The Bottom LineThe Bottom Line

The Bottom Line: The Big Question We’ll Be Asking In 2023

The Bottom Line will be bringing new questions to the same storylines – like, whatever happened to starting up a new bank to serve a redlined community?

Julio Sanchez purchased his grocery store in the Bronx through a mortgage from Ponce Bank, a community bank based in the Bronx. Read more about Ponce Bank. (Photo by Marielle Argueza)

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Most people don’t have the time or desire to think about how systems of banking, real estate and economic policy change or could change. And I don’t blame most people for that. Explicitly and often implicitly, most of the messaging broadcast out into the world about those things says they’re somebody else’s job to think about.

What most people want, and what all of us deserve as human beings, is for systems of banking, real estate or economic policy just to work for us — quietly, invisibly, behind the curtain or under the hood. But if you’re reading this, I’m guessing you already realize in some way that for too many of us, maybe most of us, those things don’t work the way we all deserve them to.

It’s been my privilege to have spent another year digging up stories about the people who are working every day behind the curtain and under the hood to change those systems so that they do work for everyone. Sometimes it’s about doing something nobody has done before (like community-owned commercial real estate), or changing something nobody thought was necessary to change until recently (like updating state health codes to legalize street food vending).

In 2022, I particularly spent a lot of time learning and writing about community banking and credit unions. These aren’t new, of course, but I’ve been seeking answers to questions that I haven’t seen others ask before or which haven’t been asked enough.

This year we went deep behind the scenes with staff and board members at Ponce Bank, a community bank based in the Bronx and one of only two banks based in the borough of 1.5 million mostly Black and Latino residents. The bank doesn’t have a huge marketing budget. Most of its borrowers and depositors find it via word of mouth or walking past one of its 14 branches across all five boroughs of New York.

Word of mouth was how Julio Sanchez found Ponce Bank more than a year ago when he began looking into getting a loan to buy the small commercial property he’d been renting for his family’s small grocery store (or large bodega, depending on who you ask) in the Bronx. His former landlord, who ran the grocery store himself for decades, had gotten a loan from the same Ponce Bank to purchase the property for $24,000 back in 1960. This June, Sanchez got a loan for $1.1 million to buy the building, and is now paying less on his mortgage than he had been paying in rent.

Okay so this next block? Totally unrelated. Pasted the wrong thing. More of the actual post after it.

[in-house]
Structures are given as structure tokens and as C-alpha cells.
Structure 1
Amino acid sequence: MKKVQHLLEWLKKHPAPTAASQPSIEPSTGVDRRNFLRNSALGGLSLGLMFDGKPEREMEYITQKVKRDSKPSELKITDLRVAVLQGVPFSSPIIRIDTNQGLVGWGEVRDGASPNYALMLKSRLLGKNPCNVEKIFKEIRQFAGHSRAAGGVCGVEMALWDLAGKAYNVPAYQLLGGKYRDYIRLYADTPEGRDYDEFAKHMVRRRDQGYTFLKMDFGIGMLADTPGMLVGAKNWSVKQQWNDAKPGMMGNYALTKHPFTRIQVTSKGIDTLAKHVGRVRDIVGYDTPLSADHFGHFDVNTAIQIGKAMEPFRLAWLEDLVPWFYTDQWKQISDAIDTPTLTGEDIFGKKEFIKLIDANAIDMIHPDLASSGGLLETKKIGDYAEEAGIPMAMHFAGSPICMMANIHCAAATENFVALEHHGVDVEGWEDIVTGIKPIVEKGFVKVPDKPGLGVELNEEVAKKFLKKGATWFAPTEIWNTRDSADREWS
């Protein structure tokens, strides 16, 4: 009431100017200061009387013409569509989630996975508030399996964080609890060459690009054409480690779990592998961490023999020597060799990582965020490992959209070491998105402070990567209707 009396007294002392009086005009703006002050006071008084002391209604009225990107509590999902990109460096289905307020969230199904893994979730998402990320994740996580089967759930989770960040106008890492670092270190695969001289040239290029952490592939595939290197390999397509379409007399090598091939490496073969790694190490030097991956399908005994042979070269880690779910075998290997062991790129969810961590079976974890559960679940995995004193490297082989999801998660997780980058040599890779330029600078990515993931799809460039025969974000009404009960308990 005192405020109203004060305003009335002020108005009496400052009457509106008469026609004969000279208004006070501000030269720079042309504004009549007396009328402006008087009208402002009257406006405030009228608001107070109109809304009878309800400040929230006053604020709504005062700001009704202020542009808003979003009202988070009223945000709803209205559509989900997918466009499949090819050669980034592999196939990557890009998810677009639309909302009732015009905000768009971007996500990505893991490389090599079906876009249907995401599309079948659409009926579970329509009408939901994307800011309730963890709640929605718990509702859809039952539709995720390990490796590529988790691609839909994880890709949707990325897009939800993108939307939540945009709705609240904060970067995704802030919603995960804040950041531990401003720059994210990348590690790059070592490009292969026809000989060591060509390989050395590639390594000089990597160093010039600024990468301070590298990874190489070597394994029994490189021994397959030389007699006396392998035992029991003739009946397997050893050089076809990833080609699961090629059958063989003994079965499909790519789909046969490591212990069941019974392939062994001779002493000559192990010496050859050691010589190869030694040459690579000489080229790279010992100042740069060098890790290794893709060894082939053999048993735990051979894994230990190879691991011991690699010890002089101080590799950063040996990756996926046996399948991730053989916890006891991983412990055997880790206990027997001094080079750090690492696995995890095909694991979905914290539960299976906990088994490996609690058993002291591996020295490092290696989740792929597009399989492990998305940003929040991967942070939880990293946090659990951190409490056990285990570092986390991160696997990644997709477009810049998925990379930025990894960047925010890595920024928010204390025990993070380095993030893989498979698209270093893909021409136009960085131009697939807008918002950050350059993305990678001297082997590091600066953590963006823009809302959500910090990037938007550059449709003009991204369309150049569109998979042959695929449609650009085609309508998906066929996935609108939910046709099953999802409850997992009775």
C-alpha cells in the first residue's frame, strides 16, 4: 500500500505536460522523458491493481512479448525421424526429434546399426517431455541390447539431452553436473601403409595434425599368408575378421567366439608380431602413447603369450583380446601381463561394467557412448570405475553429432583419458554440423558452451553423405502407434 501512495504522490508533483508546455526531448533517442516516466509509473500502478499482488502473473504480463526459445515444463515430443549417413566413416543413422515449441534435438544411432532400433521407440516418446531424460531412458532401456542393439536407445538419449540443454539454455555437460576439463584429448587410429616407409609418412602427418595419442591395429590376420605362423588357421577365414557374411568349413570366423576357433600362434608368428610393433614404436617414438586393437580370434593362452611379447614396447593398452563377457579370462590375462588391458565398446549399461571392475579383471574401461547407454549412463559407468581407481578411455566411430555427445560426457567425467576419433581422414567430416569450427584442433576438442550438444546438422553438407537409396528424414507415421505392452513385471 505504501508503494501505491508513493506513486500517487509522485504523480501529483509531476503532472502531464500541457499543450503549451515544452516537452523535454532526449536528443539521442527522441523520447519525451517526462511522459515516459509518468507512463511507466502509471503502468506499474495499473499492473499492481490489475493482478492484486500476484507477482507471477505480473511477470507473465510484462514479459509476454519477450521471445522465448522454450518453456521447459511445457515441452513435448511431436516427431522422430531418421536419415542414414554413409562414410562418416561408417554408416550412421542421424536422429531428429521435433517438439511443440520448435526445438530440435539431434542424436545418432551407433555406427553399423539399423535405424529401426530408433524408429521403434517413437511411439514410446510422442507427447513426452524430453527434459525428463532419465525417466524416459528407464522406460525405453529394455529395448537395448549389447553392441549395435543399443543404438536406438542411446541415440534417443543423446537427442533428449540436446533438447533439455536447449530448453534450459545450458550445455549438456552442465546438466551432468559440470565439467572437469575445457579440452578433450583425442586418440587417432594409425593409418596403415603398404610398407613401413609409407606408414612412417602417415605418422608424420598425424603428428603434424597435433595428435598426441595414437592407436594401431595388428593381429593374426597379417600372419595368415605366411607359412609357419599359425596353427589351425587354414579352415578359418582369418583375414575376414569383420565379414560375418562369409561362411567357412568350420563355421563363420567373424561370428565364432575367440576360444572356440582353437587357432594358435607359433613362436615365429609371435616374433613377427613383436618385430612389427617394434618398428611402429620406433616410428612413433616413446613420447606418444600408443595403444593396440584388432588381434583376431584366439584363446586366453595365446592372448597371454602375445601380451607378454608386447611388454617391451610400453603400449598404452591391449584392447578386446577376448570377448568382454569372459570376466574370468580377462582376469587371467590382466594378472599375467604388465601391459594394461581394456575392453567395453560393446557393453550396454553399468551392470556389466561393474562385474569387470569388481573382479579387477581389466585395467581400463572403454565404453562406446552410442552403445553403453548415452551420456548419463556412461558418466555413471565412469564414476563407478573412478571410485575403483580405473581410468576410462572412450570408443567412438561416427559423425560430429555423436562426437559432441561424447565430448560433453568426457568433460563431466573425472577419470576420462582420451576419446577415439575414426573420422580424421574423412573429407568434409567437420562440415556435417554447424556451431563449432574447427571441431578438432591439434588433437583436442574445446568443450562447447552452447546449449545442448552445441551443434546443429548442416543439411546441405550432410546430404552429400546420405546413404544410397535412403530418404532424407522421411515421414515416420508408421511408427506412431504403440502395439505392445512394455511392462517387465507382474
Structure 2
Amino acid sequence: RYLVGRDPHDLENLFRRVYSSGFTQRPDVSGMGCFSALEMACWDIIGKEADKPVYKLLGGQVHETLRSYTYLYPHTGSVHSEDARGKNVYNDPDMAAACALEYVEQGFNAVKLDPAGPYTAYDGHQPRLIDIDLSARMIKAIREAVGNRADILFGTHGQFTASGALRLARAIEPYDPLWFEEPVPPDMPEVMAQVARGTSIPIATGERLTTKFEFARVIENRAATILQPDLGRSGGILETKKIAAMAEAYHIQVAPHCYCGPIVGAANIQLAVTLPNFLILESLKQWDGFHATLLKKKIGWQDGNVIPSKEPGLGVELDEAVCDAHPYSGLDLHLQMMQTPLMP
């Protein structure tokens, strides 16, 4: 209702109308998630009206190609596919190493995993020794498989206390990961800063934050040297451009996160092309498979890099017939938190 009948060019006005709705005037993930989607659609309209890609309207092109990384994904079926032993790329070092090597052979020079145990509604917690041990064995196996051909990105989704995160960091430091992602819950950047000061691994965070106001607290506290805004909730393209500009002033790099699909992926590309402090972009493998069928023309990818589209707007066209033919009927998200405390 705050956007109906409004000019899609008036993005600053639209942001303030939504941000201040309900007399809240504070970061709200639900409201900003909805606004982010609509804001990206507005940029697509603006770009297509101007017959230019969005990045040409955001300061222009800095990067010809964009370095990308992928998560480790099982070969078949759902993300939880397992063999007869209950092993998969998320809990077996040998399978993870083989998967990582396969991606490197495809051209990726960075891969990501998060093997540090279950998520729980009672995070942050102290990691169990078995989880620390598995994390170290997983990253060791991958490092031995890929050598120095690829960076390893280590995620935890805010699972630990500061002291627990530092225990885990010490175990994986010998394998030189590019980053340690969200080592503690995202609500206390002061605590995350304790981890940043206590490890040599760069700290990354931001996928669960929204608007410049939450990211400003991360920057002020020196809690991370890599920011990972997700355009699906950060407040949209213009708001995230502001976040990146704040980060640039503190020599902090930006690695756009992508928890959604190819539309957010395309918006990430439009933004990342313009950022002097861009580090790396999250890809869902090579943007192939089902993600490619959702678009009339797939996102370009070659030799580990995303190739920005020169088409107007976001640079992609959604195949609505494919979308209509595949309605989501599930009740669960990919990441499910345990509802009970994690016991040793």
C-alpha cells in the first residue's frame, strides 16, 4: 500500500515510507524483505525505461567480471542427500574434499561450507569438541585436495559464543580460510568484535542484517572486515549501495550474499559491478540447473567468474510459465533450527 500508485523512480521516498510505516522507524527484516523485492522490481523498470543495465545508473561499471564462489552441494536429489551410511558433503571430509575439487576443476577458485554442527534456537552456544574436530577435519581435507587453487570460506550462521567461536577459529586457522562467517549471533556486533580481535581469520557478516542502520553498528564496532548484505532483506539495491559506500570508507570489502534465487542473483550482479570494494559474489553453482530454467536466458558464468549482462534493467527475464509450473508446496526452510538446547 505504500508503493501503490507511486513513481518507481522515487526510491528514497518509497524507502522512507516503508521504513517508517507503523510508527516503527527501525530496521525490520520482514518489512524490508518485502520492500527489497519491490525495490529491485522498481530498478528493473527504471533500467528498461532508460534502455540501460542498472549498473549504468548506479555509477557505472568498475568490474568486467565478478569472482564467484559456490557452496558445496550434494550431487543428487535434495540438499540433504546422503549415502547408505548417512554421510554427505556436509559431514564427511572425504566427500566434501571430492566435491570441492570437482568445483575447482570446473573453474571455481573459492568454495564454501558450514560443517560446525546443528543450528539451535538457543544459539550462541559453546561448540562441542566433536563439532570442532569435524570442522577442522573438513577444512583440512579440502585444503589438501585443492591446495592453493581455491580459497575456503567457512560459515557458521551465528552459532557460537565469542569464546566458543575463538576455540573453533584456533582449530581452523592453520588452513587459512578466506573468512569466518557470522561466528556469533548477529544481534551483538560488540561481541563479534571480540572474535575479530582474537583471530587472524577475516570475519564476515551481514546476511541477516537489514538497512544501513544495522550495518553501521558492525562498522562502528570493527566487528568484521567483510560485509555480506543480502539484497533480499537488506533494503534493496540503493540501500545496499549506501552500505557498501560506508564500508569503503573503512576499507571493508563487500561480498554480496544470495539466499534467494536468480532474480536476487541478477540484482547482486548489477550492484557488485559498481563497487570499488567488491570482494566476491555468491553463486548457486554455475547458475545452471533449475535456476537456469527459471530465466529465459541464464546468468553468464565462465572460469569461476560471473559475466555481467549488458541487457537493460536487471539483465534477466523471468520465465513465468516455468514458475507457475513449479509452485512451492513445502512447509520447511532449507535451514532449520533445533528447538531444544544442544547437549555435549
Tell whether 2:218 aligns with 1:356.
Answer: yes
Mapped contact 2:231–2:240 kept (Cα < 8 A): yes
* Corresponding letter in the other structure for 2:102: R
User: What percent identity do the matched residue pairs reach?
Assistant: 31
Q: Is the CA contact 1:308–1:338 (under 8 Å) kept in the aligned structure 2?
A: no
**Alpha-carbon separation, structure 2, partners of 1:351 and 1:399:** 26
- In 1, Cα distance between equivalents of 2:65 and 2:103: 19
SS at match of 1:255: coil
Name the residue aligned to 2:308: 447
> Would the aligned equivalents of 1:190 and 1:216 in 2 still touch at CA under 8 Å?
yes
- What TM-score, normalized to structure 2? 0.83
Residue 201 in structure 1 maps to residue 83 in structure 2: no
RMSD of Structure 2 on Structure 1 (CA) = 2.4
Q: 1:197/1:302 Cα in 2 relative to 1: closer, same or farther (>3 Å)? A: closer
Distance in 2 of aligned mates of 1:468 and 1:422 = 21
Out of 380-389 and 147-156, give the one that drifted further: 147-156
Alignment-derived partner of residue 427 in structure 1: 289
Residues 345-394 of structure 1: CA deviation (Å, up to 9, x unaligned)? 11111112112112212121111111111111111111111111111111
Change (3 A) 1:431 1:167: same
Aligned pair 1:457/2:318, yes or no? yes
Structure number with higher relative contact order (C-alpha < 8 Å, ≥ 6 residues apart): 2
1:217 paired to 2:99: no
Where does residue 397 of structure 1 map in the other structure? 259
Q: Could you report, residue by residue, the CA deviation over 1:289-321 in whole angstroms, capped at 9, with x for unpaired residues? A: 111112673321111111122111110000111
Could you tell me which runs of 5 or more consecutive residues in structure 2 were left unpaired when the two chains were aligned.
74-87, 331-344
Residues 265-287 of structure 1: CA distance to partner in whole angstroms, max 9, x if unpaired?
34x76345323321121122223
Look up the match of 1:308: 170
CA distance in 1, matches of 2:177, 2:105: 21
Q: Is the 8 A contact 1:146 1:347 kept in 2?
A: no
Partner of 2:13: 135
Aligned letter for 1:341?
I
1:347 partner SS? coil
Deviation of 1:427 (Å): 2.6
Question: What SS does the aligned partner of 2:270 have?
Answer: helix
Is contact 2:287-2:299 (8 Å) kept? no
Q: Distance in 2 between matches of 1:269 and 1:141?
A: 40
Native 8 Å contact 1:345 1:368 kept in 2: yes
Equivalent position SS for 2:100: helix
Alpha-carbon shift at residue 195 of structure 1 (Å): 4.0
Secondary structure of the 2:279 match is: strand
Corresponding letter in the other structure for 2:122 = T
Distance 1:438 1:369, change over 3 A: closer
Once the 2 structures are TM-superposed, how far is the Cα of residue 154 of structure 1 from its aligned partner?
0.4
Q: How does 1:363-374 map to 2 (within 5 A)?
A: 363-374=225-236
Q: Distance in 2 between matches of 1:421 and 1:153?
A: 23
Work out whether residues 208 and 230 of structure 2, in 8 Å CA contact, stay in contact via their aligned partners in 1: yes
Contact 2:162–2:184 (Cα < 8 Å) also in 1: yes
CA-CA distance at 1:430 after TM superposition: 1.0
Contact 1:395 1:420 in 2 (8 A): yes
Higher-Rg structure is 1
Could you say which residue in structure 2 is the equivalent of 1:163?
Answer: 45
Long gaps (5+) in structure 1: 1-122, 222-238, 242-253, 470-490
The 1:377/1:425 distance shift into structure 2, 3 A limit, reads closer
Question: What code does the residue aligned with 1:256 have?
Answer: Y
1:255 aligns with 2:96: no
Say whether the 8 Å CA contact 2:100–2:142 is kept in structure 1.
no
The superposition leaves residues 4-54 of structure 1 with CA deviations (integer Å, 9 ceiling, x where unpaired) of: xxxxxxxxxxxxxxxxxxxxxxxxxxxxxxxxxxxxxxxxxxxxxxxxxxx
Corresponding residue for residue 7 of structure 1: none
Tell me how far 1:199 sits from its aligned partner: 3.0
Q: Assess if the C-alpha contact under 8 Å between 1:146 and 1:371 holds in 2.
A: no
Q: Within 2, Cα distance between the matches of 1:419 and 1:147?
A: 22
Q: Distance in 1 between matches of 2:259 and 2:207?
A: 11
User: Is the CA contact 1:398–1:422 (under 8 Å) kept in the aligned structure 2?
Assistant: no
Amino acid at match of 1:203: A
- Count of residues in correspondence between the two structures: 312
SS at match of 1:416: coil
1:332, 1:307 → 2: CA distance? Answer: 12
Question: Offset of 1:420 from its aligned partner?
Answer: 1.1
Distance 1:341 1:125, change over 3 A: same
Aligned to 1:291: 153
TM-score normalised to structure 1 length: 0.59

Sanchez said the Ponce Bank loan officer he worked with was “the best.” That loan officer’s name is Barbara Arroyo, whom I spoke with for the story. Arroyo grew up in public housing in another part of the Bronx. As a high schooler in the 1990s she got a summer internship at one of the largest banks in the country. After going to business school on a full scholarship at Georgetown University, she took a job as a commercial loan officer at a big bank. She soon felt dissatisfied, as she told me, just convincing clients to fill out applications knowing 80% of them would be denied but she had to play the numbers game to appease her bosses.

Once she got to Ponce, she got to work doing what she had always wanted to do as a banker — building relationships with the local Bronx business community she and her family relied on when she was growing up. There were bodega owners like Sanchez, barbers and hair stylists, discount clothing store owners, restaurants and catering businesses. Like Sanchez, many of them speak almost entirely Spanish on a day-to-day basis.

Even though it can take more than a year between meeting a client and when they’re ready for a loan, Arroyo had her biggest lending year in her career in 2021, because she has the time and space to move clients along at whatever speed works for them instead of speeding them through an application process most of them will never get through. And Arroyo never has to explain to her bosses why she spends so much time with clients like Sanchez. It’s exactly what the community bank’s CEO and board expect of her.

Reporting that story helped me better understand more clearly than ever what community banks are meant to do for cities. It’s not necessarily about closing racial wealth gaps, though they can play a role in doing that. It’s not about making up for generations of disinvestment, though they have a key role to play in doing that.